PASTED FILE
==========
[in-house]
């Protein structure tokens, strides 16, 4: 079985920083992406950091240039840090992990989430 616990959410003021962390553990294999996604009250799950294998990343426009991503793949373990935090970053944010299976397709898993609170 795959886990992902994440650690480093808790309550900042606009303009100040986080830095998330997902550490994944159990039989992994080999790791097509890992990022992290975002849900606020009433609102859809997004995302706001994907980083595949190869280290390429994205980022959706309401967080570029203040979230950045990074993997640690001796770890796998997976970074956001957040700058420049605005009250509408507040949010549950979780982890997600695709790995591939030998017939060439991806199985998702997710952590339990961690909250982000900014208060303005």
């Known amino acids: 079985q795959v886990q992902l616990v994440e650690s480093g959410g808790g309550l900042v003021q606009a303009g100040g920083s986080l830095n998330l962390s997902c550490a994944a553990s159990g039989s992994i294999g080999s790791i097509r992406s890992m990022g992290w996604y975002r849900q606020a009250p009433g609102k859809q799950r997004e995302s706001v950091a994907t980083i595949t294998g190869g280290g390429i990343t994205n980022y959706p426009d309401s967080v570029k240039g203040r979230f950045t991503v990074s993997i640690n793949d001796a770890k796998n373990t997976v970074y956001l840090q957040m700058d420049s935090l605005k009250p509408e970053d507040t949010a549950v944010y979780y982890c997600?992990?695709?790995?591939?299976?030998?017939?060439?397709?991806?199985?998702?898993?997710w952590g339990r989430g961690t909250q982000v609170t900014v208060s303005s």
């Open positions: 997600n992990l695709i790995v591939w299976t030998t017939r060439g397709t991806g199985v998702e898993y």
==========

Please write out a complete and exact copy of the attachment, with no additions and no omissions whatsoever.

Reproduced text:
[in-house]
């Protein structure tokens, strides 16, 4: 079985920083992406950091240039840090992990989430 616990959410003021962390553990294999996604009250799950294998990343426009991503793949373990935090970053944010299976397709898993609170 795959886990992902994440650690480093808790309550900042606009303009100040986080830095998330997902550490994944159990039989992994080999790791097509890992990022992290975002849900606020009433609102859809997004995302706001994907980083595949190869280290390429994205980022959706309401967080570029203040979230950045990074993997640690001796770890796998997976970074956001957040700058420049605005009250509408507040949010549950979780982890997600695709790995591939030998017939060439991806199985998702997710952590339990961690909250982000900014208060303005």
């Known amino acids: 079985q795959v886990q992902l616990v994440e650690s480093g959410g808790g309550l900042v003021q606009a303009g100040g920083s986080l830095n998330l962390s997902c550490a994944a553990s159990g039989s992994i294999g080999s790791i097509r992406s890992m990022g992290w996604y975002r849900q606020a009250p009433g609102k859809q799950r997004e995302s706001v950091a994907t980083i595949t294998g190869g280290g390429i990343t994205n980022y959706p426009d309401s967080v570029k240039g203040r979230f950045t991503v990074s993997i640690n793949d001796a770890k796998n373990t997976v970074y956001l840090q957040m700058d420049s935090l605005k009250p509408e970053d507040t949010a549950v944010y979780y982890c997600?992990?695709?790995?591939?299976?030998?017939?060439?397709?991806?199985?998702?898993?997710w952590g339990r989430g961690t909250q982000v609170t900014v208060s303005s």
């Open positions: 997600n992990l695709i790995v591939w299976t030998t017939r060439g397709t991806g199985v998702e898993y």